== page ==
You can find my podcast with screenwriter Doug Richardson here.
In this episode, I have the immense honor of chatting with screenwriter Doug Richardson. Doug’s screenwriting credits include “Die Hard 2,” “Hostage,” “Welcome To Mooseport” and “Bad Boys.” Doug was the first screenwriter in Hollywood to sell a spec script for a million dollars and to date, Doug’s produced features have made over 800 million dollars worldwide. Not many screenwriters can say that. But besides huge box office success, Doug also has found success writing novels (Dark Horse, True Believers, The Safety Expert). And if that wasn’t enough, he also has an amazing blog with some great stories about screenwriting and working in the trenches of Hollywood. In the podcast, we discuss everything from how he got an agent to writing for Bruce Willis to making the leap from screenwriting to novels.
DOUG RICHARDSON’S BIO
Doug Richardson was born in Arcadia, California. The son of a career politician, Doug grew up outside Sacramento and inside the state Capitol. He used to talk his way into then- Governor Ronald Reagan’s office, just to get a handful of jellybeans.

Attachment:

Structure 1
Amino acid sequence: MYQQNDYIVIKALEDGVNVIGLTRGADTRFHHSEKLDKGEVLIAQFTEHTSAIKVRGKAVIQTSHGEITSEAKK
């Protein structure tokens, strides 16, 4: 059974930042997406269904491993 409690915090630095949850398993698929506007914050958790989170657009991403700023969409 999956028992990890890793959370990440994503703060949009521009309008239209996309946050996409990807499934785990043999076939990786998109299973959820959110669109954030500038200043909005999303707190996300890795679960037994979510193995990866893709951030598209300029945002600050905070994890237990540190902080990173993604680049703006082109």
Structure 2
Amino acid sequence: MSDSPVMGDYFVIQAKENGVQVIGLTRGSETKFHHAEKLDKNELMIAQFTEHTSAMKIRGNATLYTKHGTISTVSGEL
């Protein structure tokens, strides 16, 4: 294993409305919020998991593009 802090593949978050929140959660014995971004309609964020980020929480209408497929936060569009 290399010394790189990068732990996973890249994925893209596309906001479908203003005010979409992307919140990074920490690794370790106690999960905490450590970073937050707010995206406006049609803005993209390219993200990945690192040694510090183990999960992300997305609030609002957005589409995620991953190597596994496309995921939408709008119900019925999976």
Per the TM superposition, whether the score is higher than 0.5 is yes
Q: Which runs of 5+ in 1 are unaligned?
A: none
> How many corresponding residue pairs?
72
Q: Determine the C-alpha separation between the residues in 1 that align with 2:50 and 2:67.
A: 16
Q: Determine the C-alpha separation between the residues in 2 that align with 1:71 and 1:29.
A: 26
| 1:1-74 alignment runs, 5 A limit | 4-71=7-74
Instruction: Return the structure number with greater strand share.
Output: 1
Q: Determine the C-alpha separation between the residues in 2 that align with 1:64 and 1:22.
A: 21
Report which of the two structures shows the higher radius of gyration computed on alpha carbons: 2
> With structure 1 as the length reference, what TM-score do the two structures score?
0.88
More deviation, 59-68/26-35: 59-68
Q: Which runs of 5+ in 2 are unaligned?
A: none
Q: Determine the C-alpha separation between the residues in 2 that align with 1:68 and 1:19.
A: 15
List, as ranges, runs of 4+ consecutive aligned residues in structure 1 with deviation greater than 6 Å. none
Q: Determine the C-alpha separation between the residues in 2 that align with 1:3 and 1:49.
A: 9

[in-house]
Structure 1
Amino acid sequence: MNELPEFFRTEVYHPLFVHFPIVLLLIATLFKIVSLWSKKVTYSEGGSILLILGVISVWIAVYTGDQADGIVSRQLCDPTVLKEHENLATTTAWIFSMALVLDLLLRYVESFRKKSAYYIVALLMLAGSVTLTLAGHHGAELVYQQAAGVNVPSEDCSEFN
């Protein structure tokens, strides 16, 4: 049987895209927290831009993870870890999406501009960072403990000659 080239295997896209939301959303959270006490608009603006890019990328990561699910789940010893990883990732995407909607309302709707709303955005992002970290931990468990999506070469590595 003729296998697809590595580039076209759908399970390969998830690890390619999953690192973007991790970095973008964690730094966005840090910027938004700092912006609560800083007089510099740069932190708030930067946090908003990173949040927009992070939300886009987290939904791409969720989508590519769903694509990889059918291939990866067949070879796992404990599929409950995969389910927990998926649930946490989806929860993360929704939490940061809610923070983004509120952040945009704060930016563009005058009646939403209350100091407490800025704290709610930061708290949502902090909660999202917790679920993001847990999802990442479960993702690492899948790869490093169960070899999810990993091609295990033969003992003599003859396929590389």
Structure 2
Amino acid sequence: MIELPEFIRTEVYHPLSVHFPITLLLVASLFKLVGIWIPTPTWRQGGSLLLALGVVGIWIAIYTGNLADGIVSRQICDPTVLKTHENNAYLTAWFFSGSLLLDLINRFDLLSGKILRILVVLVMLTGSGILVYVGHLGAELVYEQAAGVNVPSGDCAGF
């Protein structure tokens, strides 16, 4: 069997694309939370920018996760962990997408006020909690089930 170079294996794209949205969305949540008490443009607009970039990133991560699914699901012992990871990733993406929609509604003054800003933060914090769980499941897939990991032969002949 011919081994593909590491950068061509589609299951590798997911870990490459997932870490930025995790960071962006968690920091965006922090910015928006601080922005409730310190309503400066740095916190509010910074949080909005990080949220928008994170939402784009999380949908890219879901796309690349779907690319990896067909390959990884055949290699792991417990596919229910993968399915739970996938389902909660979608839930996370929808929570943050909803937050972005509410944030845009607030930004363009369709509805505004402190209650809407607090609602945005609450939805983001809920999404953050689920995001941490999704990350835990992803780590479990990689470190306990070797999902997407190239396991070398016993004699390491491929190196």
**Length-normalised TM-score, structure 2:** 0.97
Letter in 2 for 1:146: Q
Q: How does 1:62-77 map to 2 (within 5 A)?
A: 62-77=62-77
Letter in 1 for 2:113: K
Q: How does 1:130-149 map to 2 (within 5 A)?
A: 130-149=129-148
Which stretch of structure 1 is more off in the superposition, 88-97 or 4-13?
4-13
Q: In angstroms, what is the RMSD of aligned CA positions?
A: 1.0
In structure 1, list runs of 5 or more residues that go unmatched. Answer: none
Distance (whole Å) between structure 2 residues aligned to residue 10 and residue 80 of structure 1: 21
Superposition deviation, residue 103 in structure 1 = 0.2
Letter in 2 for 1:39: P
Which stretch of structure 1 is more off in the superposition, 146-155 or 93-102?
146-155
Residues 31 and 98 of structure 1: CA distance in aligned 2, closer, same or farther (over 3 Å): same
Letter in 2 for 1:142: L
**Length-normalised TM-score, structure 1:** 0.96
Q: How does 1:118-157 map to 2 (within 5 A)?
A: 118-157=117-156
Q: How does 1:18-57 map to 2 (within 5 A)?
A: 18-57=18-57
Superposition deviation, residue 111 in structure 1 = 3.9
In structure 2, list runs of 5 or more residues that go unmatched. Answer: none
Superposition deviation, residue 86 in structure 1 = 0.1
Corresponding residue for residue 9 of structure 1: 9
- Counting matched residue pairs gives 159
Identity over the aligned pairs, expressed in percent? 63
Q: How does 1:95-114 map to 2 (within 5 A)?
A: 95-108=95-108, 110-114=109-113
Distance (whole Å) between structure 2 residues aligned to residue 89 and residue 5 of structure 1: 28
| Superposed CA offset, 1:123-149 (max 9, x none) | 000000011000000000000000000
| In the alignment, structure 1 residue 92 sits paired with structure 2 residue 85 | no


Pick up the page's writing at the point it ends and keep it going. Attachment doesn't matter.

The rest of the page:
Doug left Northern California for Los Angeles to attend the University of Southern California’s School of Cinema. For as long as he could remember, Doug had wanted to be a movie director. But in pursuing his goal he discovered how movies are really made: in the writing.
After finishing college, Doug signed a two-year contract with Warner Brothers. In 1989 he garnered national attention when his spec screenplay was the first in Hollywood to sell for a million dollars. Doug’s first feature film, the sequel to DIE HARD, DIE HARDER, was produced in 1990. He has since written and produced feature films including the box office smash BAD BOYS and, most recently, HOSTAGE. To date, Doug’s features have grossed over 800 million dollars worldwide.
In 1997, Doug’s debut novel, DARK HORSE, was published by Avon/Morrow in hardcover, followed two years later by his follow up, TRUE BELIEVERS.
Doug continues to write and develop for feature films and television. He lives in Southern California with his wife, two children and four mutts.
Doug on the set of “Hostage” with Bruce Willis.